There are traditionally three phases of estate planning. I refer to these phases as Core, Legacy and Stewardship.
The foundation of most Georgia estate plans is a Will. Your Will is the legal document that dictates how your probate assets are distributed upon your death. But what are your probate assets? The easiest way to answer this question is to first define non-probate assets.
Non-probate assets are assets that pass outside of the probate estate to a named beneficiary (or beneficiaries) and independently of your Will. These are assets that pass by operation of law or under the terms of a contract.
The IRS recently highlighted a reminder that a tax credit is available for those who hire long term unemployed workers. There are 10 categories of qualified hires, including if the employee has been unemployed for 27 weeks and has taken unemployment for a portion of that time. Businesses should remember to take advantage of the credit when looking to hire qualified workers. For more information regarding this or any other business or tax related issue, please contact us at 404-255-7400 or email@example.com.
A new option for small companies (less than $5 million in receipts) exists to apply up to $250k of research credit against payroll tax liabilities rather than income tax liability. For start ups the new option offers an opportunity to take credits that would otherwise be deferred if the company did not have taxable income to offset the credits.
For more information regarding this or any other small business legal concern please contact us at 404-255-7400 or firstname.lastname@example.org.
The IRS recently acquiesced in result only in the case of Scott Singer Installations v. CIR, TC Memo 2016-161. Mr. Singer had loaned his wholly owned corporation funds to stay afloat during hard times. The corporation made advances to Mr. Singer for payment of certain personal expenses. The taxpayer contended the advances for personal expenses were repayment of loans whlle the IRS argued they were compensation. The court found the payments were in fact loans because the taxpayer had acconted for them as such on his personal returns and it concluded there was a general expectation of repayment of amounts loaned. This case again shows the importance of documenting related party loans and properly accounting and reporting them. Loans should be documented, bear adequate interest, and collateralized. The IRS will only respect a loan as such if the taxpayer does as well.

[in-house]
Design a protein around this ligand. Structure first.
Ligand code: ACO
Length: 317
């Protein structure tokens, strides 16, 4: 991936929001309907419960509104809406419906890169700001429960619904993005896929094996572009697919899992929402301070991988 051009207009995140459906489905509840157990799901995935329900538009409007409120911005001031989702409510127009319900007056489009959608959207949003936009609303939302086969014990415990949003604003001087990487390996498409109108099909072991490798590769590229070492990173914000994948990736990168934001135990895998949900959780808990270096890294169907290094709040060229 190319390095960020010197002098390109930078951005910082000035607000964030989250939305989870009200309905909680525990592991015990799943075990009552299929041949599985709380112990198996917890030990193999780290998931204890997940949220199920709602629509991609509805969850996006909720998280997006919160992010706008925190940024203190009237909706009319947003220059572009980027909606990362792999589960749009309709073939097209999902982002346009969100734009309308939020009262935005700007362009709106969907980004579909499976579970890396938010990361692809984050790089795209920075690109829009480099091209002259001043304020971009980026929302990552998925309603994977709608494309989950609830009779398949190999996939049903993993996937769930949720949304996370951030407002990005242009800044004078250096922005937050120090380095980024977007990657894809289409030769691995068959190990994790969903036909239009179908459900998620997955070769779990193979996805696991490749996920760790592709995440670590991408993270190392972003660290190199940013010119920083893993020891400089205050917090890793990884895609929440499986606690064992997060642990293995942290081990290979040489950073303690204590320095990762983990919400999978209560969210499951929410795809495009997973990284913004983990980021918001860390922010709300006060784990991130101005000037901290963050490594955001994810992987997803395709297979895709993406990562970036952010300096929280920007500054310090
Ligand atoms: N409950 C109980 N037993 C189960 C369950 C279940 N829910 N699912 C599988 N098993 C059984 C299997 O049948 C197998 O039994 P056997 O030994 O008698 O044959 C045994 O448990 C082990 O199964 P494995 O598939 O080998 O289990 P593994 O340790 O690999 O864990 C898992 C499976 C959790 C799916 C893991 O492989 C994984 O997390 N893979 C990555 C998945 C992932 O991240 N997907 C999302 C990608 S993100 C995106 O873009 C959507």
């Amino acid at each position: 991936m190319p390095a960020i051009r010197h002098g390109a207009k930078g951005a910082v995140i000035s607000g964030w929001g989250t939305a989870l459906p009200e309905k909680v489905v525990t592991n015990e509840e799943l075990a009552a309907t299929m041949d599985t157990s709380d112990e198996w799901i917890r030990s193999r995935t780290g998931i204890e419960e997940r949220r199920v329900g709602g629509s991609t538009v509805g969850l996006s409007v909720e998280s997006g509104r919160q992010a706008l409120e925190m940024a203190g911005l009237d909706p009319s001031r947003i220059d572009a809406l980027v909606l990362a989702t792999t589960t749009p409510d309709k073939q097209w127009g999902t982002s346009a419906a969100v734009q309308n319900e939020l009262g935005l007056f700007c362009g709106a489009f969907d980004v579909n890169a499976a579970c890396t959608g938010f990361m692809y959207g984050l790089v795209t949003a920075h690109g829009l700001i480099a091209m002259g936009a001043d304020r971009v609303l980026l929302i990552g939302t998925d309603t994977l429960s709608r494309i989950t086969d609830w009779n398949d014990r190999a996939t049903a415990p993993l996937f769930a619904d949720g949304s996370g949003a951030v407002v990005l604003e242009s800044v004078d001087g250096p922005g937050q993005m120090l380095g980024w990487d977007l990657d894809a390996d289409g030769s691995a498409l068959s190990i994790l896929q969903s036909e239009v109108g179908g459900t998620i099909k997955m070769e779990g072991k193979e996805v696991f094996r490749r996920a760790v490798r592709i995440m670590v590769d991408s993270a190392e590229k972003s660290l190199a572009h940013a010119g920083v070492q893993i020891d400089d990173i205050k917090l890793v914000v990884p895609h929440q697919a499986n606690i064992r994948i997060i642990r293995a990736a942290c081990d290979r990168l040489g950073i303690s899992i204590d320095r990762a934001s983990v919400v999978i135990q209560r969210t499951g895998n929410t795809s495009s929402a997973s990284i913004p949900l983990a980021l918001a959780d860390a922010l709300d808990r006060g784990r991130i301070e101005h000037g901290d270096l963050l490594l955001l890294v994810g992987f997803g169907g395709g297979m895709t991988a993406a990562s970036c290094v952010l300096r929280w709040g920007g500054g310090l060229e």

For more information regarding this or any ther tax related concern please contact us at 404-255-7400 or email@example.com.
The IRS recently issued Notice 2017-29, which extends the deadline for participants in syndicated conservation easements to make their discosure (as required in Notice 2017-10), from June 21, 2017 to October 2, 2017. Notably, it does not extend the May 2nd deadline for material advisors and participants under Treas. Reg. 1.6011-4(e)(1). If you have questions about the new IRS scrutiny on conservation easements and the listed transaction/tax shelter rules, we can help. For more information please contact us at 404-255-7400 or firstname.lastname@example.org.
In this document, the IRS provides guidance on recent changes to Section 179 expense and bonus depreciation. Importantly, the 179 expense is increased for inflation to $510,000 and bonus depreciation is 50% for 2017 but decreases to 40% in 2018 and 30% in 2019. The latter change obviously provides a tax advantage for businesses to place qualifying prorperty into service in 2017 rather than 2018. For more information regarding this document or any other tax concern, please call us at 404-255-7400 or email@example.com.
The IRS is beginning the process of transferring the overdue tax debt of a small group of taxpayers to private debt collectors. Importantly, the private debt collectors are not entitled to take enforcement action (only an IRS agent can do so). While the program is currently very small, it could portend the future if successful: